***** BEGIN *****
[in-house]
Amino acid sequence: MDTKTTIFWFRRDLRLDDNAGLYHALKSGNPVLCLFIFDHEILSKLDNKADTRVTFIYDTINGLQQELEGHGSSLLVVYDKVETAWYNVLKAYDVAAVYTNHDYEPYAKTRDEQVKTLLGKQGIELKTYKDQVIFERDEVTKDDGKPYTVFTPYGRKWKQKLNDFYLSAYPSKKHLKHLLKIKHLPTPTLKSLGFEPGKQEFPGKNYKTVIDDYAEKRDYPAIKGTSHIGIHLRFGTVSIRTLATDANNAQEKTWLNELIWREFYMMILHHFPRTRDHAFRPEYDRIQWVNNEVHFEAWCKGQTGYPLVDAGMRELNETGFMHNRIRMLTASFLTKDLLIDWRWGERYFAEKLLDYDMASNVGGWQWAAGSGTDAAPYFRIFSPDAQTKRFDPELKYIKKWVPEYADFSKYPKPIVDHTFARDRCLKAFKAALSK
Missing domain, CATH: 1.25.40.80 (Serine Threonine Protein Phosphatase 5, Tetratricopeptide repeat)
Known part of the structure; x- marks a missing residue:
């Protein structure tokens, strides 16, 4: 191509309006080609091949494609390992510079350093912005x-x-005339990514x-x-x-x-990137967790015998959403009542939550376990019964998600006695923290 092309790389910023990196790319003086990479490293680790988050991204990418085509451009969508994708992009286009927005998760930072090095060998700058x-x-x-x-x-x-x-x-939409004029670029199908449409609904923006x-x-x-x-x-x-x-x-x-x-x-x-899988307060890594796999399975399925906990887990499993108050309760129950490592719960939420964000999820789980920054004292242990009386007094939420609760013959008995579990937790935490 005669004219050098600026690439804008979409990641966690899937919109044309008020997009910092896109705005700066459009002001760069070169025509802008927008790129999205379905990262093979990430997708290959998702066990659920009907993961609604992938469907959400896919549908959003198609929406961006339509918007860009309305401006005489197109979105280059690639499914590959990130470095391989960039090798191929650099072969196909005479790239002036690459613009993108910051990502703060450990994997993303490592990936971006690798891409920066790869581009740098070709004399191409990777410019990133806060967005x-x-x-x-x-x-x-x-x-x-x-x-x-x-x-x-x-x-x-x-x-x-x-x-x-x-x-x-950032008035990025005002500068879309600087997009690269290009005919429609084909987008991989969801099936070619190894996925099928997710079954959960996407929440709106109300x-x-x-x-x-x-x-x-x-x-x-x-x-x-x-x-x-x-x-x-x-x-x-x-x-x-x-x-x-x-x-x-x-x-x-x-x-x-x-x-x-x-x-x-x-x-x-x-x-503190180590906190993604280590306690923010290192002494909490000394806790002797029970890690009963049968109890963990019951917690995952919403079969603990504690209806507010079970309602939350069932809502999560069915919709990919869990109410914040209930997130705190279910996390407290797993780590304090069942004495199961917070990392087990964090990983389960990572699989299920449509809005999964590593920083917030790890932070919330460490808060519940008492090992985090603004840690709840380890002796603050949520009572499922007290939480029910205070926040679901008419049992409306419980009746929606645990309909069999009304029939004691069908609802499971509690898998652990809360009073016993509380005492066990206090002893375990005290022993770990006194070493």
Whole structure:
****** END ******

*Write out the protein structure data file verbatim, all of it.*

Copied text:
[in-house]
Amino acid sequence: MDTKTTIFWFRRDLRLDDNAGLYHALKSGNPVLCLFIFDHEILSKLDNKADTRVTFIYDTINGLQQELEGHGSSLLVVYDKVETAWYNVLKAYDVAAVYTNHDYEPYAKTRDEQVKTLLGKQGIELKTYKDQVIFERDEVTKDDGKPYTVFTPYGRKWKQKLNDFYLSAYPSKKHLKHLLKIKHLPTPTLKSLGFEPGKQEFPGKNYKTVIDDYAEKRDYPAIKGTSHIGIHLRFGTVSIRTLATDANNAQEKTWLNELIWREFYMMILHHFPRTRDHAFRPEYDRIQWVNNEVHFEAWCKGQTGYPLVDAGMRELNETGFMHNRIRMLTASFLTKDLLIDWRWGERYFAEKLLDYDMASNVGGWQWAAGSGTDAAPYFRIFSPDAQTKRFDPELKYIKKWVPEYADFSKYPKPIVDHTFARDRCLKAFKAALSK
Missing domain, CATH: 1.25.40.80 (Serine Threonine Protein Phosphatase 5, Tetratricopeptide repeat)
Known part of the structure; x- marks a missing residue:
């Protein structure tokens, strides 16, 4: 191509309006080609091949494609390992510079350093912005x-x-005339990514x-x-x-x-990137967790015998959403009542939550376990019964998600006695923290 092309790389910023990196790319003086990479490293680790988050991204990418085509451009969508994708992009286009927005998760930072090095060998700058x-x-x-x-x-x-x-x-939409004029670029199908449409609904923006x-x-x-x-x-x-x-x-x-x-x-x-899988307060890594796999399975399925906990887990499993108050309760129950490592719960939420964000999820789980920054004292242990009386007094939420609760013959008995579990937790935490 005669004219050098600026690439804008979409990641966690899937919109044309008020997009910092896109705005700066459009002001760069070169025509802008927008790129999205379905990262093979990430997708290959998702066990659920009907993961609604992938469907959400896919549908959003198609929406961006339509918007860009309305401006005489197109979105280059690639499914590959990130470095391989960039090798191929650099072969196909005479790239002036690459613009993108910051990502703060450990994997993303490592990936971006690798891409920066790869581009740098070709004399191409990777410019990133806060967005x-x-x-x-x-x-x-x-x-x-x-x-x-x-x-x-x-x-x-x-x-x-x-x-x-x-x-x-950032008035990025005002500068879309600087997009690269290009005919429609084909987008991989969801099936070619190894996925099928997710079954959960996407929440709106109300x-x-x-x-x-x-x-x-x-x-x-x-x-x-x-x-x-x-x-x-x-x-x-x-x-x-x-x-x-x-x-x-x-x-x-x-x-x-x-x-x-x-x-x-x-x-x-x-x-503190180590906190993604280590306690923010290192002494909490000394806790002797029970890690009963049968109890963990019951917690995952919403079969603990504690209806507010079970309602939350069932809502999560069915919709990919869990109410914040209930997130705190279910996390407290797993780590304090069942004495199961917070990392087990964090990983389960990572699989299920449509809005999964590593920083917030790890932070919330460490808060519940008492090992985090603004840690709840380890002796603050949520009572499922007290939480029910205070926040679901008419049992409306419980009746929606645990309909069999009304029939004691069908609802499971509690898998652990809360009073016993509380005492066990206090002893375990005290022993770990006194070493």
Whole structure: